Part 4.4: US Government: the Judicial Branch

Citizenship Course, Part Four: US Government

Section Four: The Judicial Branch

There is one more branch of the US Government to learn about, which is the Judicial Branch, or the court system. This is the part of the government that interprets (explains) the laws written by Congress and passed by the President. The Judicial Branch also applies these laws to solve disagreements, and decides whether any laws go against the rights laid out in the Constitution.

37. What does the Judicial Branch do?

 

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The Constitution established the Supreme Court, and Congress created the system of the other federal courts. These lower courts are all supervised by the Supreme Court, since it is the highest court in the nation. The chart below shows you how the lower courts are supervised by the Courts of Appeal, and then the Supreme Court.

If someone loses a court case at the district (lowest) level, they can appeal the decision and ask the higher court to consider their case again. The next step is to take a case all the way to the Supreme Court, but they only consider cases that are especially important, and are related to the interpretation of the Constitution. Thousands of cases are presented to the Supreme Court every year, but fewer than 150 of them are actually heard by the court.

38. What is the highest court in the United States?

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Click on the link to read about the appeals process, and answer the fill-in-the-blank questions for practice:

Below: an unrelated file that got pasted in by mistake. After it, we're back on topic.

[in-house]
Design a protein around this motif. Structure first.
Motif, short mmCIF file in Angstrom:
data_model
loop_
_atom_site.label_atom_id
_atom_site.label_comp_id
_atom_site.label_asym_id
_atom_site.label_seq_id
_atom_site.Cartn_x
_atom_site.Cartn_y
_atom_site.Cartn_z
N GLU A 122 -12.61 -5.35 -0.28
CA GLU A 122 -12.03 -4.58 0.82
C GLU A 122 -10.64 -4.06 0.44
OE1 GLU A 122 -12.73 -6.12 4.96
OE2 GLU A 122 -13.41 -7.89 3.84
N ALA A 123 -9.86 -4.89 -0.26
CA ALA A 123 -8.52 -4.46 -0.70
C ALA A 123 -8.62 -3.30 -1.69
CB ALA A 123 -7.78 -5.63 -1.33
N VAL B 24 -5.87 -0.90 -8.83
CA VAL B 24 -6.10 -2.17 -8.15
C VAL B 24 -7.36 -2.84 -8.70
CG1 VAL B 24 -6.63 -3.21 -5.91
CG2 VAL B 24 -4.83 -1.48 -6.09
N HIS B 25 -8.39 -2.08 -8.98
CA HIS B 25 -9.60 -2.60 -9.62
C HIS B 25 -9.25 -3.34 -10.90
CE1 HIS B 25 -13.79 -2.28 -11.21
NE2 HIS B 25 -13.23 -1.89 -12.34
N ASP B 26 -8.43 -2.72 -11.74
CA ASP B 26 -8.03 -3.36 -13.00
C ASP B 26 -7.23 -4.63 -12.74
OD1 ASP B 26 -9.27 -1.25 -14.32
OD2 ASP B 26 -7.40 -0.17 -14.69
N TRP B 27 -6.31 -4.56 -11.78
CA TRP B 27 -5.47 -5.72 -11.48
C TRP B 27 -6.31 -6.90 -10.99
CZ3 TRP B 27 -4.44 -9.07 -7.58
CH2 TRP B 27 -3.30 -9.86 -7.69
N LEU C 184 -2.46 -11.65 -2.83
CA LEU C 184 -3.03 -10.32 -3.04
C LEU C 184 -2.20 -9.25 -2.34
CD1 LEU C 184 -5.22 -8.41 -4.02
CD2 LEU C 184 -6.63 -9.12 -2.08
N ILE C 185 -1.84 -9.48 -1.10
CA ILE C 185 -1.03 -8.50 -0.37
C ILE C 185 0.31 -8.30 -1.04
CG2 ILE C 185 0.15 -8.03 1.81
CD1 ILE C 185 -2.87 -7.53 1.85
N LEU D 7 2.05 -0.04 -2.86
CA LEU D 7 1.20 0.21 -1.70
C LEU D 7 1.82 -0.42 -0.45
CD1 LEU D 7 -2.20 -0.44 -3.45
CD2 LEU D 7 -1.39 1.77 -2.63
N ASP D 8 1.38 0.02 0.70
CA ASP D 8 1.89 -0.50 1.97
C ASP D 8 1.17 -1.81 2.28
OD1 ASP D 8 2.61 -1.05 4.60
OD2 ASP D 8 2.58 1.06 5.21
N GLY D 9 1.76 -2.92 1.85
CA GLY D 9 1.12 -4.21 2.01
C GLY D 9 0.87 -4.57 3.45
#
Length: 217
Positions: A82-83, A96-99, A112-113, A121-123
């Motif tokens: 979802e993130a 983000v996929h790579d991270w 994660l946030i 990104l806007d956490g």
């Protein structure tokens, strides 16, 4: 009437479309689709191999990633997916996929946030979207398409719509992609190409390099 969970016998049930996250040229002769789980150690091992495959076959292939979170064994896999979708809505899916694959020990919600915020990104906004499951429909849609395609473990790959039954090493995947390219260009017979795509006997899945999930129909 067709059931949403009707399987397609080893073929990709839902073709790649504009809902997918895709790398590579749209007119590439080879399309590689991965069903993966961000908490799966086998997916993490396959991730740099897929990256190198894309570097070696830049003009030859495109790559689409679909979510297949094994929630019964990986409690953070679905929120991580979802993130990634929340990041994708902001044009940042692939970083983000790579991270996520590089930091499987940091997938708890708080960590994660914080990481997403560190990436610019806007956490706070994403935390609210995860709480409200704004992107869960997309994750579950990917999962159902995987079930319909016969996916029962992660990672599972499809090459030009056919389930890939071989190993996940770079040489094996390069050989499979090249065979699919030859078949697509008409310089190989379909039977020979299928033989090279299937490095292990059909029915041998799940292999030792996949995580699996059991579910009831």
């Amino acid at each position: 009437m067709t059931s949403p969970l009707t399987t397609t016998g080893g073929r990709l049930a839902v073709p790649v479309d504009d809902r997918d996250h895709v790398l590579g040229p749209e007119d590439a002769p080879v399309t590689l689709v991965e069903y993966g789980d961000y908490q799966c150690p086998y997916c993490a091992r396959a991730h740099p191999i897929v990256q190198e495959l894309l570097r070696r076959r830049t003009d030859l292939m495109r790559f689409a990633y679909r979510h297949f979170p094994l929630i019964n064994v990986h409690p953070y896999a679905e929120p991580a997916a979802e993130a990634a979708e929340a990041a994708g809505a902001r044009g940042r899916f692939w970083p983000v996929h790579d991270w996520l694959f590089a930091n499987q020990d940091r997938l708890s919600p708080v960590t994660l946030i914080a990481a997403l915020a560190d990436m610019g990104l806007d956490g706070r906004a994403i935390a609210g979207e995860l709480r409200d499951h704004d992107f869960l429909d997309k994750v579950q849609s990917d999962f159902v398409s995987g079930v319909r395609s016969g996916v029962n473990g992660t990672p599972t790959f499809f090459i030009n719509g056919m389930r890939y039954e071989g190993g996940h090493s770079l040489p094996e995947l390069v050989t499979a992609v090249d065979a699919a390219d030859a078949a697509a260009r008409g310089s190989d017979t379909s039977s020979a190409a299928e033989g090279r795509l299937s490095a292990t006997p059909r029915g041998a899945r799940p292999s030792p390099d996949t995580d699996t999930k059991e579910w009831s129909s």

http://www.trumanlibrary.org/whistlestop/teacher_lessons/3branches/23.htm

The Supreme Court is made up of nine (9) justices, or judges, who are appointed by the President and must also be approved by Congress. The Justices use the Constitution and other laws to decide cases, and their decisions are final–the Supreme Court is the highest US Court.

39. How many justices are on the Supreme Court?

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It’s also important to know that these Justices are appointed for life–once they become a Supreme Court Justice, they do not have to be re-elected to the position for the rest of their working life. This way, these justices are not influenced by public opinion the way that elected officials often are–they are free to focus on what the Constitution says, and make their decisions based on that.

Just as the Senate and House of Representatives both have leaders, so does the Supreme Court. One of the justices is nominated by the President to be Chief Justice. This justice’s vote counts the same as all the other associate justices, but he or she also has some special responsibilities:

  • Directs the events of the Court when a case is being tried
  • Writes the Court’s opinion (when part of the majority vote)
  • Sets the agenda of the Court’s meetings, helping decide which cases are heard and in what order
  • Presides over the Senate trial if the President is impeached
  • Administers the oath of office when a new President is sworn into office

The current Chief Justice is John Roberts:

He is the 17th Chief Justice of the United States, and was nominated by President George W. Bush in 2005 when the former chief justice passed away. Justice Roberts was only 50 years old at that time, and was the youngest Chief Justice since 1801.

40. Who is the Chief Justice of the United States now? 

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Here is a video you can watch that takes you inside the building where the Supreme Court meets. Did you know that no photography or filming is allowed when the Court is in session? See if you can also hear the meaning of some of the symbols carved into the building.

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